I, for one, look forward to neuroscience taking over psychology, and for psychology to crawl off into the tall grass and die quietly where the smell won’t linger.

  29. says

    Since I’m going on about it, I will say I am deeply concerned that even psychopharmacology is engaging in dangerous practices that are typical of historical psychology. Since the actual mechanisms of some “disorders” are not understood, but their symptoms are (e.g.: serotonin levels) psychopharmacologists have discovered that they can intervene on the symptoms to give patients better outcomes than if they were left untreated. I think that’s OK, and humanity will learn a great deal from those interventions – but those interventions amount to experimentation on human subjects, and rely on patient-reported assessments of their outcomes. Experiments like that need to be performed very very carefully. Given psychology’s history of “leap, then look” I think we should all be very skeptical about what they are doing. I understand that a great many people are experiencing improved quality of life as a result of psychopharmacological interventions. Obviously, that’s a good thing. There are still many many red flags that should be waved.

    The whole notion of “disorder” leading to psychopharmacological intervention is really sketchy once you get past the patient’s experience: “I take this, it makes me feel better.” Well, that can be said of a lot of things, including cocaine (per Freud, who thought it was a wonder-drug and prescribed it to many patients) I think that where we are today, psychologists (thanks to neuroscience) are learning some useful stuff, and it should therefore be used, but I bet that if we could zoom 200 years into the future, the history of psychology in this time would read about like today’s history of “leeching” – “they what!?!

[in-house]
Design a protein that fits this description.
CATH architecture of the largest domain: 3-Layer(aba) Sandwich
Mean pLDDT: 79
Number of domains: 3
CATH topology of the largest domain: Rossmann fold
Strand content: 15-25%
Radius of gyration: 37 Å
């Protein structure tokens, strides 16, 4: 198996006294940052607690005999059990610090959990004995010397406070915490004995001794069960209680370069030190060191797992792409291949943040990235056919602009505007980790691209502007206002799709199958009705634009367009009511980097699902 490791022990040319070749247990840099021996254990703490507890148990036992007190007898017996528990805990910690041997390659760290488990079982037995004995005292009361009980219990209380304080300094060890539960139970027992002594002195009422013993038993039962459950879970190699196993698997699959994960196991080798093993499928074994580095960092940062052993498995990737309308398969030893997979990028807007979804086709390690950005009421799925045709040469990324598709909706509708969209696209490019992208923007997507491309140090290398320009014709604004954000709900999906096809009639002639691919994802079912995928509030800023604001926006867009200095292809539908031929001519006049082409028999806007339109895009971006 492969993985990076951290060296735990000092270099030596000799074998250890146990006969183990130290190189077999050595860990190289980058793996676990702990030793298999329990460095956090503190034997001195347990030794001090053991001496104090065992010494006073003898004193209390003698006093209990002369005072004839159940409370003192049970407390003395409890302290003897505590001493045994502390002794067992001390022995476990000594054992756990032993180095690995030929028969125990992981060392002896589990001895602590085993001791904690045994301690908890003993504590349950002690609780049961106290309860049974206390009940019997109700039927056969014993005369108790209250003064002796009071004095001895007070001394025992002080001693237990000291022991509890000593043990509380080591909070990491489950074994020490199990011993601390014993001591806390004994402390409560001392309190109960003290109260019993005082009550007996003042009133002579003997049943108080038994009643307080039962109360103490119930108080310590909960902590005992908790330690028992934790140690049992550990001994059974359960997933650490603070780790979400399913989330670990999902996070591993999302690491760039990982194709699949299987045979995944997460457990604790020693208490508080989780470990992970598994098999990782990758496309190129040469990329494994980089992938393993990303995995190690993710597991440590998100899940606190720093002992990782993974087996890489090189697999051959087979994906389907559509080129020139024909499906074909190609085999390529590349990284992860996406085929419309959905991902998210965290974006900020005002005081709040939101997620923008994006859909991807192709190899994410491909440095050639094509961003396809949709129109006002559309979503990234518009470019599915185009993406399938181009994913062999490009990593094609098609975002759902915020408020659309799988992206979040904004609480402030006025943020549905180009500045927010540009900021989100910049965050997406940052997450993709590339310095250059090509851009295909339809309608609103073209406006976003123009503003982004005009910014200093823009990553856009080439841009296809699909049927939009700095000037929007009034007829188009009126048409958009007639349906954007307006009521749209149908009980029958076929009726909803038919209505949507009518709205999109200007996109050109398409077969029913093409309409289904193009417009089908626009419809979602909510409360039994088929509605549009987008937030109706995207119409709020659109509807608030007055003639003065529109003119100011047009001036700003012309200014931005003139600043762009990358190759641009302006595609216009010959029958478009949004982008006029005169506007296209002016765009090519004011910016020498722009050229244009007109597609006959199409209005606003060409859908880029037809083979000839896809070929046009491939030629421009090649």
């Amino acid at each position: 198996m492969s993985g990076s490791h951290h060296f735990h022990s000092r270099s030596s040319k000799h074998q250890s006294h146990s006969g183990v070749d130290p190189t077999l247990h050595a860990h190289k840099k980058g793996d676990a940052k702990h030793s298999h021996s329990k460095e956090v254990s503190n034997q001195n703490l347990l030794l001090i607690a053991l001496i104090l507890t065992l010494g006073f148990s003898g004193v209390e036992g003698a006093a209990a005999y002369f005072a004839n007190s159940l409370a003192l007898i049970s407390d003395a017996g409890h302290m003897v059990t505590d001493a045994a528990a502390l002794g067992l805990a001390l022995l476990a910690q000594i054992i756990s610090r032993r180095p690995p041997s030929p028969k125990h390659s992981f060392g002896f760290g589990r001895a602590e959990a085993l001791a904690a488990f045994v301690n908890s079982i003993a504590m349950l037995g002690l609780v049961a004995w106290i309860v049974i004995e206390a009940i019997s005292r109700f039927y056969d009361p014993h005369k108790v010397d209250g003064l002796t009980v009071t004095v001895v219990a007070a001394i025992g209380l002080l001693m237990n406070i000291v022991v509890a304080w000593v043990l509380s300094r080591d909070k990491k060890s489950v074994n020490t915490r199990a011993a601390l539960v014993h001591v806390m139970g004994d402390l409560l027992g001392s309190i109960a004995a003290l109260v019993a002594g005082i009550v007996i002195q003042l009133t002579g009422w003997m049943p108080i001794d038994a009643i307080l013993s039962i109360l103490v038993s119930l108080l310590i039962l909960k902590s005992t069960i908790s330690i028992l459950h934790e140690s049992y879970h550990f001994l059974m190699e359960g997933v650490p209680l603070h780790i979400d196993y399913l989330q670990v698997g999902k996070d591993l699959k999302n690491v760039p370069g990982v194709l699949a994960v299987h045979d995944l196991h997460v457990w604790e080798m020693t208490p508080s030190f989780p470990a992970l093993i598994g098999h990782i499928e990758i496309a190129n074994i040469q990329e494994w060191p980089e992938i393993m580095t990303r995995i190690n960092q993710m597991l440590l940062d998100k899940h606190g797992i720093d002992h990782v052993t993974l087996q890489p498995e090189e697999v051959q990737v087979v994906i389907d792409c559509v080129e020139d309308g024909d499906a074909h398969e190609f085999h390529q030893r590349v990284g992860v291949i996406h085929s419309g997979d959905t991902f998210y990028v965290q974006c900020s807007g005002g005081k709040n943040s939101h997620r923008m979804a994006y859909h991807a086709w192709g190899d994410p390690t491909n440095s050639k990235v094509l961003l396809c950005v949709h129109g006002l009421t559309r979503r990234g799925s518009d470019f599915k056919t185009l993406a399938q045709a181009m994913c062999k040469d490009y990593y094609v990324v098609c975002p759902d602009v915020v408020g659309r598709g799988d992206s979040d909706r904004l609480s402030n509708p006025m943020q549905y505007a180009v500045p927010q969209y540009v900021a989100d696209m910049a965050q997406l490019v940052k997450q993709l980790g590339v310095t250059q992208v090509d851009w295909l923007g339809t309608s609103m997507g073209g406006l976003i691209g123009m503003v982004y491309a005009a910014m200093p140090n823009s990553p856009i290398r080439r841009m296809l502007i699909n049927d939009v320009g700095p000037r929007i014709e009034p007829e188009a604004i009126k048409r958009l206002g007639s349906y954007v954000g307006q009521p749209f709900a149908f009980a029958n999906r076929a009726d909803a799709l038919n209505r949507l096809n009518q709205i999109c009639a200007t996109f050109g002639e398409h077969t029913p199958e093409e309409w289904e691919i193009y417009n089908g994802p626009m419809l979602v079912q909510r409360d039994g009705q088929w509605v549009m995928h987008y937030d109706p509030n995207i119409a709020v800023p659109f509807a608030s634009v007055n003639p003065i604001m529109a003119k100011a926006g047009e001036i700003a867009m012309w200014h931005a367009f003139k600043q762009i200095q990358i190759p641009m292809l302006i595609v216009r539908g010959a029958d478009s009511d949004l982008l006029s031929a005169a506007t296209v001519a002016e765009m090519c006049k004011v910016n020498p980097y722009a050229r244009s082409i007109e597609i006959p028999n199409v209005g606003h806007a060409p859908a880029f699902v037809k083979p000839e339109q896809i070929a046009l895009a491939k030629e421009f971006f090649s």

I’m not saying “don’t do it.” And I’m not being disrespectful of the many people who believe their lives would be worse without it.

    I am saying “I don’t trust psychology” because it’s a field with a horrible history and I don’t want to pat them on the back and say “oh, right, you’ve got it all nailed, then, off you go!”

  30. says

    Andrew Molitor@#27:
    There has been a certain amount of research into the efficacy of therapy animals as compared to therapy and pharmaceutical interventions.

    Now is probably the time to bring up the replication problem with the social “sciences” …